What You Need To Know About Chain Of Custody For Data Center Moves

By Clancy Moving

In our last post we talked about some of the dynamics that go into orchestrating a harmonious data center migration. When it comes to protecting the backbone of your business operations during a move, there is more than just equipment at stake. There is also the data that resides on your servers and hard drives. That data is exponentially more valuable than the hardware that houses it, especially if it contains sensitive information like patients’ medical information, customers’ financial information or companies’ trade secrets.

Every company, however large or small, has some data that they want to protect from competitors, prying eyes or malicious theft. And in this day and age when data security – or lack of it – makes headlines nearly every day, protecting that data has become a challenge that has business owners on guard.

Not only do outside parties and seasoned criminals pose a threat, but even a disgruntled employee may choose a data center move as an ideal time to vent their frustrations or take retribution into their own hands.

You may also be subject to outside influences like HIPAA compliance that requires specific security measures to be taken with sensitive and confidential data.

Whatever your circumstances, implementing an effective chain of custody strategy during a server relocation is central to protecting your data, maintaining the trustworthiness of your business and ensuring that you fall within any legal guidelines that govern your industry.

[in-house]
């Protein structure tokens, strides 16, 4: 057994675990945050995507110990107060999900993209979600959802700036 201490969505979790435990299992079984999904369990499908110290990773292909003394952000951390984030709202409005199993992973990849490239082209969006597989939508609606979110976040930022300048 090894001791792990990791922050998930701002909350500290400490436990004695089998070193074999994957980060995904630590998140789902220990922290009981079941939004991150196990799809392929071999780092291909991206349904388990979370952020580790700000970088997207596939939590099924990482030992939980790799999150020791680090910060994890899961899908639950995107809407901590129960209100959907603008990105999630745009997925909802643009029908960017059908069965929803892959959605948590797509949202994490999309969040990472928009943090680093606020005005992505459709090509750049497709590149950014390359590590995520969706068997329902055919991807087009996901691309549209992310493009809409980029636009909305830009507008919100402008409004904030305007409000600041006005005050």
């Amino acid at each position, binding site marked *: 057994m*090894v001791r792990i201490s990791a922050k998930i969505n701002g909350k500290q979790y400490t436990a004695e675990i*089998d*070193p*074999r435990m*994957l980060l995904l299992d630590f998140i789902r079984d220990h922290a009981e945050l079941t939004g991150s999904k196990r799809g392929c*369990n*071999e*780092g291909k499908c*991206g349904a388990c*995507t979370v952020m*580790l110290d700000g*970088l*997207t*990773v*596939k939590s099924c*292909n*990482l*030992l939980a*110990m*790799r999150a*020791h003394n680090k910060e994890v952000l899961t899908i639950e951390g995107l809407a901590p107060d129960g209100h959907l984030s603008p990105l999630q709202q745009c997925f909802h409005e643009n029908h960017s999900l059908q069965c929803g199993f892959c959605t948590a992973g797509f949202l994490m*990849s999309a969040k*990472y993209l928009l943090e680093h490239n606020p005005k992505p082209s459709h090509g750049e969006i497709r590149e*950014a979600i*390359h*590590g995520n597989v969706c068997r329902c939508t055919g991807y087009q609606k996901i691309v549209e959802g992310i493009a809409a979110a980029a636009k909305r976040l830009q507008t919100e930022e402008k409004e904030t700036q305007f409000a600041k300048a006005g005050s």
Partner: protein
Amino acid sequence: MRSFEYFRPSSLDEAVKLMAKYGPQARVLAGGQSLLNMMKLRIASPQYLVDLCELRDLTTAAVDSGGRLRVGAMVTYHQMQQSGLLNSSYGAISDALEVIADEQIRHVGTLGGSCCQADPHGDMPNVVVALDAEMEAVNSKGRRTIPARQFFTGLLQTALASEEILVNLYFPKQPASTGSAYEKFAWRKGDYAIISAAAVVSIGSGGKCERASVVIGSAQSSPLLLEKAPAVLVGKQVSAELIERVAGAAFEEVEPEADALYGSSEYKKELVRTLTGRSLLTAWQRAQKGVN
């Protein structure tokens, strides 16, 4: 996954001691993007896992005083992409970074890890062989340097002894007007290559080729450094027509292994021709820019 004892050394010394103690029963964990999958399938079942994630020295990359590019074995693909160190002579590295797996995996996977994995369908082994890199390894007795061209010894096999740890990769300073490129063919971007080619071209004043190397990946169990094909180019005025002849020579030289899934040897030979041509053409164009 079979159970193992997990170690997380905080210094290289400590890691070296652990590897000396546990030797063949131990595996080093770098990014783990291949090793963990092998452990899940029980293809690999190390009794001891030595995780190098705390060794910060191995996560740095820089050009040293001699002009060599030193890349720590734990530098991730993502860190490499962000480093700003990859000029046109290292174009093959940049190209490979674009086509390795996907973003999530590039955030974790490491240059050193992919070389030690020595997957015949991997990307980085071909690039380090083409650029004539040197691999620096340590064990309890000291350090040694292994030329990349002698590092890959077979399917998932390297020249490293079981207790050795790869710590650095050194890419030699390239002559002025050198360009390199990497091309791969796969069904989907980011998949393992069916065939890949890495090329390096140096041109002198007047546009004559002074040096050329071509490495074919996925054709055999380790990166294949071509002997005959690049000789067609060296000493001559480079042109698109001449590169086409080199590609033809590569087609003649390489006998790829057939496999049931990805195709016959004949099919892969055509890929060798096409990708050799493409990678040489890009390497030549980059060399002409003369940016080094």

What Is Chain Of Custody?

Put simply, it is the careful process of transporting items that contain data from one point to another so that they are visibly accounted for at all times and supported with documentation to track their movement.

An effective chain of custody follows a specific and rigorous process that remains unbroken throughout the move. It can also be verified at any point during transport to ensure its integrity.

An Effective Process

An effective chain of custody begins by documenting exactly what is being moved. The items are then packaged, put into containers and sealed so they are tamper proof.

The containers are loaded onto the truck where the doors are closed with a padlock. A tamper evident security seal with a serial number is placed on the door and a business representative signs off on the process, acknowledging that the equipment that houses data has been handled securely.

It is important to note that the servers or other vital equipment do not leave the sight of the movers except for the period when they are secured in the truck. Nor does the truck itself ever leave the sight of at least one of the movers.

At the destination point, the truck is unsealed in front of a customer representative who acknowledges that the serial number is accurate. At no point from origin to destination should the cargo seal broken. If it needs to be broken because of truck breakdown or an inspection at a DOT roadside checkpoint, the mover needs to know the procedure for how to handle this. Otherwise, it would be difficult to maintain protection from a security breach.

Professional movers will not vary from their chain of custody discipline, ensuring that your most valuable assets follow a rigorous security protocol.